In summary, there’s at least $2.6 trillion in total corporate-business tax cuts in the Trump-Ryan plan. That’s well above the $1.5 trillion limit mandated by Congressional rules, however. And the $2.6 trillion does not include personal income tax reduction for wealthy households and investors. The corporate-business tax cuts alone amount to almost twice the $1.5 trillion allowed by Congressional rules. But the personal income tax cuts for the wealthy will cost another minimum $2 trillion, just for changes in top personal income tax rates and for limiting, then ending, the Alternative Minimum Tax and the Inheritance Tax. That’s $4.6 trillion and three times the $1.5 trillion!

The Personal Income Tax Cuts for the Wealthy

While personal income taxes will rise for the middle and working classes to cover the tax cuts for business, the hikes will also have to cover simultaneous tax cuts for wealthy individuals, 1% households, and investors. There are three big ways wealthy individuals and investors get tax cuts in their personal income tax in the Trump-Ryan bill: (1) reducing of personal tax brackets and lowering of rates; (2) reducing and then eliminating altogether the Alternative Minimum Tax (AMT); and (3) exempting and then ending the Inheritance (Estate) tax.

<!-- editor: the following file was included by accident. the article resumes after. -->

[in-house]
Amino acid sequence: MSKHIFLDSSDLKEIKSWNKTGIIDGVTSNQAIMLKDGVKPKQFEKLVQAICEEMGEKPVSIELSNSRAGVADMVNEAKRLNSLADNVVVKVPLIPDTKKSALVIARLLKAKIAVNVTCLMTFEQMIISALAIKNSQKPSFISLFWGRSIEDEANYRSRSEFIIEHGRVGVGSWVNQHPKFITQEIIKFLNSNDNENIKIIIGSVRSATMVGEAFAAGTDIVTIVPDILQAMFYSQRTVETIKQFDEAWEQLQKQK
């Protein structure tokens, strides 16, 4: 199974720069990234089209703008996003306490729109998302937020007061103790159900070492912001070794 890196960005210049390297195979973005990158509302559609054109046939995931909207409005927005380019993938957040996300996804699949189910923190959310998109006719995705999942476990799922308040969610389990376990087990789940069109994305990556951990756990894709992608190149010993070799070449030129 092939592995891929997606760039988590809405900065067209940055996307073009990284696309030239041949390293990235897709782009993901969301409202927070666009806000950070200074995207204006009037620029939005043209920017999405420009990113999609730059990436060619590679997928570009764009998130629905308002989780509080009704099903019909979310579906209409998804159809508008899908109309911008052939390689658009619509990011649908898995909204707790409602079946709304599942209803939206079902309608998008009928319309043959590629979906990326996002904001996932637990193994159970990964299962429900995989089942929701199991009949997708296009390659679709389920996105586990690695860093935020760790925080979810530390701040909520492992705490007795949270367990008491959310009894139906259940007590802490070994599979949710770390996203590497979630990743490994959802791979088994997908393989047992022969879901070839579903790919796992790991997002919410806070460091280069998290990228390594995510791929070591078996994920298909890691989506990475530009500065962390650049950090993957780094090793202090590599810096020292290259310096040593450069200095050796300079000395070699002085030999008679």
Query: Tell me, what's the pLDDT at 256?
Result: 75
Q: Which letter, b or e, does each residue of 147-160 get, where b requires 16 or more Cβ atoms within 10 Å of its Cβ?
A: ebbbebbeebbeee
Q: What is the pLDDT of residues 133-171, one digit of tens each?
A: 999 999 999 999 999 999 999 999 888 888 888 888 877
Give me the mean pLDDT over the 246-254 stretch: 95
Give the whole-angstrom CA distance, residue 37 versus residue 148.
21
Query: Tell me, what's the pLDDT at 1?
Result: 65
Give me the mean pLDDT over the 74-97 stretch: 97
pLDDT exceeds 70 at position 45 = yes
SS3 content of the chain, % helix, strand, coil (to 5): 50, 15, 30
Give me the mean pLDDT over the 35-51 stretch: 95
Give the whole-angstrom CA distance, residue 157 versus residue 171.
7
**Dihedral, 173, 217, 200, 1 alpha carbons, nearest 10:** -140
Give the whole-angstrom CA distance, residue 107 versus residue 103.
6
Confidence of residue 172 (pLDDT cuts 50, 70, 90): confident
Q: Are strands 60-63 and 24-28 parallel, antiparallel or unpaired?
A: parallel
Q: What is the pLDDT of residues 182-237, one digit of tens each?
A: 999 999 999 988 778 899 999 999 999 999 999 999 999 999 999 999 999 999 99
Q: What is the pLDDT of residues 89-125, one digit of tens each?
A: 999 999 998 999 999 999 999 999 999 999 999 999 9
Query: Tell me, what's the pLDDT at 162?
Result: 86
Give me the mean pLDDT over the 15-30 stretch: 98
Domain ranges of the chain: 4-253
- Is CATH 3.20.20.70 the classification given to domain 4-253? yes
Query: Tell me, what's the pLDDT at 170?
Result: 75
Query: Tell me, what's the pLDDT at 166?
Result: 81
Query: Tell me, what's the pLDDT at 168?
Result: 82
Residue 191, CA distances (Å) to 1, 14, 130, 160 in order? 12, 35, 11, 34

The top personal tax rate is currently 39.6%. The cutoff occurs for those earning $466,000 a year or more. They pay the 39.6%. But many more now will not under the bill. The Trump-Ryan bill raises the threshold at which they pay the 39.6% to $1 million. Those now earning between $466,000 and $1 million will now pay a lower rate of 33%. Those previously paying 33% are now reduced to 25%. Those at 25%–i.e. the middle class—stay at 25% and thus get no cut. So the personal tax rate on the middle-class rate is not reduced, but the higher income levels are significantly reduced. The total tax cut from lower tax brackets for the wealthy has been estimated at $1.1 trillion, according to the Congress’s Joint Committee on Taxation.